When they stimulated a section called the claustrum, the patient lost consciousness, but she didn’t pass out. Instead she sat motionless with a blank stare and showed no response to cues around her. She snapped out of her trance when the stimulation stopped, and had no memory of the lapse. "Ultimately, if we know how consciousness is created and which parts of the brain are involved then we can understand who has it and who doesn't," says Christof Koch at the Allen Institute for Brain Science in Seattle. "Do robots have it? Do fetuses? Does a cat or dog or worm?” The caveat: because of her epilepsy, this woman had part of her hippocampus removed, so her brain is far from that of a “normal” person.

Other studies have shown the human brain may switch off self-awareness when we’re stressed, without any help from researchers. In 2006, neurobiologists from the Weizmann Institute of Science in Rehovot, Israel observed that when humans are forced to focus on a difficult task (particularly under a strict deadline), the area of our brains associated with introspection, the cortex, becomes quiet, and we go into a sort of robotic mode until the task is done. This ability could have evolved for purposes of self-defense. "If there is a sudden danger, such as the appearance of a snake, it is not helpful to stand around wondering how one feels about the situation," researcher Ilan Goldberg told New Scientist.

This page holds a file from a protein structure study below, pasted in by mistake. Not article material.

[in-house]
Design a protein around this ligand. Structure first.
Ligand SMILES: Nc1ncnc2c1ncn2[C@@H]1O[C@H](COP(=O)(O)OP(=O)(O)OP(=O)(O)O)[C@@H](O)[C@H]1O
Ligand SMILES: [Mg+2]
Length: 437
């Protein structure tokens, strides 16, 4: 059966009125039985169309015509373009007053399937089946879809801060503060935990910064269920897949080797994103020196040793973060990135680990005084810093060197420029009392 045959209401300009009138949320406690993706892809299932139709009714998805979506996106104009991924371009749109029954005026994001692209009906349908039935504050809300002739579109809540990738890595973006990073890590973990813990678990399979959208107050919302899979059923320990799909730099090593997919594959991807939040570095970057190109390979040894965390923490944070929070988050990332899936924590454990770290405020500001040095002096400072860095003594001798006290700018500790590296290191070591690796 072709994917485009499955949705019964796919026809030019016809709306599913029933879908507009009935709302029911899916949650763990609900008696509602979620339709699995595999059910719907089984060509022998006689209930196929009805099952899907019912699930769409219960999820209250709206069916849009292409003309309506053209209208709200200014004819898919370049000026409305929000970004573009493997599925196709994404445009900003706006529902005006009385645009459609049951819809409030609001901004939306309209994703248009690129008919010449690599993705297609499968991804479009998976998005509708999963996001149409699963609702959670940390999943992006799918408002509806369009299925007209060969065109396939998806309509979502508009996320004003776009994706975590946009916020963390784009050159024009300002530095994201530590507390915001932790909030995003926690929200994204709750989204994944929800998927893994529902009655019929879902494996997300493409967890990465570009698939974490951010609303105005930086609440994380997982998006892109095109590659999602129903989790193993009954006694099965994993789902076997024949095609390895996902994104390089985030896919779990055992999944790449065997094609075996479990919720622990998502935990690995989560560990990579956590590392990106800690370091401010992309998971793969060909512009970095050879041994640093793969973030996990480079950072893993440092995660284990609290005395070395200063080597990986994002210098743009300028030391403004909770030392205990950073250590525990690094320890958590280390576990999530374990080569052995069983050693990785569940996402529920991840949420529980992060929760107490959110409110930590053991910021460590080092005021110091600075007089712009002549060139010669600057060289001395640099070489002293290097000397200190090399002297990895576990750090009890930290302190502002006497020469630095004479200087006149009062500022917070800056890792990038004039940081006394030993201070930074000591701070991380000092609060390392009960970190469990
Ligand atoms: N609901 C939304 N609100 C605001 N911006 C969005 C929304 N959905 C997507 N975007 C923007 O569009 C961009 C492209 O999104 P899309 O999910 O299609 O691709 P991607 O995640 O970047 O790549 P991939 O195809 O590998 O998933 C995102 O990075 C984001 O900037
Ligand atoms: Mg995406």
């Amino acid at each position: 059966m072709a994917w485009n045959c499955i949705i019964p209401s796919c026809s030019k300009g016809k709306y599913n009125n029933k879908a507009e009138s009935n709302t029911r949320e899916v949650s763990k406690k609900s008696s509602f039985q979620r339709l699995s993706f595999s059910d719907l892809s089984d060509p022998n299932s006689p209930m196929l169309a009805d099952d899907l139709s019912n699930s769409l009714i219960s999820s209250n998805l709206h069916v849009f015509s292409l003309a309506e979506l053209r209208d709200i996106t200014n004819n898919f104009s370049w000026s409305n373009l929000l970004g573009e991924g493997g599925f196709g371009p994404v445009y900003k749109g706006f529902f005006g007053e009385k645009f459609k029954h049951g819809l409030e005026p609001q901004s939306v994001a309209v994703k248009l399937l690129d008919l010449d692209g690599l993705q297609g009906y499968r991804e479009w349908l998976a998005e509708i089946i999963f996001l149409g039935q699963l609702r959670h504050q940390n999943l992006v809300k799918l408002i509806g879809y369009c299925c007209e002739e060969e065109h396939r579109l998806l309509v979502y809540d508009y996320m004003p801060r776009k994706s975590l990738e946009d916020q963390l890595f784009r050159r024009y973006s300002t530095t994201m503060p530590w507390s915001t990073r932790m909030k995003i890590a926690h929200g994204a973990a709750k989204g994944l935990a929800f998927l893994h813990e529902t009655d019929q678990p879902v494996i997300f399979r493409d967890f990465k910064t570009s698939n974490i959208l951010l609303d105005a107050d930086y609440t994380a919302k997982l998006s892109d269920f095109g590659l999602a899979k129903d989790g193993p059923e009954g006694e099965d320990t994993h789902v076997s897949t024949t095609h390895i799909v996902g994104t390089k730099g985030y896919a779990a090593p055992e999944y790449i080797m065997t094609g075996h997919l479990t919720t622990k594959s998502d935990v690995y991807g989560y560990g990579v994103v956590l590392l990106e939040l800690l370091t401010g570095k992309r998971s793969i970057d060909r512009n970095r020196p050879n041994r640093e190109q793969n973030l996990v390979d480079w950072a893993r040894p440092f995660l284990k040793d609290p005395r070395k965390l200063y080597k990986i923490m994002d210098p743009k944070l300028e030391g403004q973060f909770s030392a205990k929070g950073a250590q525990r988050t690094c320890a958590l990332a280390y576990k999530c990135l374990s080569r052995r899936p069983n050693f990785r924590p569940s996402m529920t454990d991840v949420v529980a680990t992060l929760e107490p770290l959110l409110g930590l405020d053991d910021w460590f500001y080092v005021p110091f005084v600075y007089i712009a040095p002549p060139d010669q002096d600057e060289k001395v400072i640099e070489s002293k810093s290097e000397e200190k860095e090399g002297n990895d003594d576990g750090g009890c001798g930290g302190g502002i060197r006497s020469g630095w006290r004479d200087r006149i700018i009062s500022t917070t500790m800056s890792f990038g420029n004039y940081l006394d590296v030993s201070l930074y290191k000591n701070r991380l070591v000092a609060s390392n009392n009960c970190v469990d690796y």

4. Pain

We can already ease pain with certain drugs, but many treatments come with side effects like dependency and tolerance. Saint Louis University researcher Daniela Salvemini and her team think they’ve found a way to treat chronic pain caused by nerve damage, including the physical agony caused by chemotherapy and bone cancer. By turning on the “A3 adenosine receptor” in the brain and spinal cord, Salvemini and her team were able to block pain caused by nerve damage in rodents, without any of the side effects associated with drug treatments.

5. Violence

What if we could reduce the human urge to fight? Dayu Lin from New York University zoomed in on the hypothalamus, the previously-mentioned hub of bodily functions, to look at the specific neurons that fire during acts of physical violence. By stimulating those neurons using optogenetics, Lin was able to turn male mice into vicious fighters that attacked anything in their vicinity—including inanimate objects, and both male and female mice. She could also calm them, quelling their violent urges by silencing these neurons. Could this strategy one day be used on people? "I think there's every reason to think that this would be true in humans," says Newton Canteras, a neuroscientist at the University of São Paulo in Brazil, and a co-author of this study.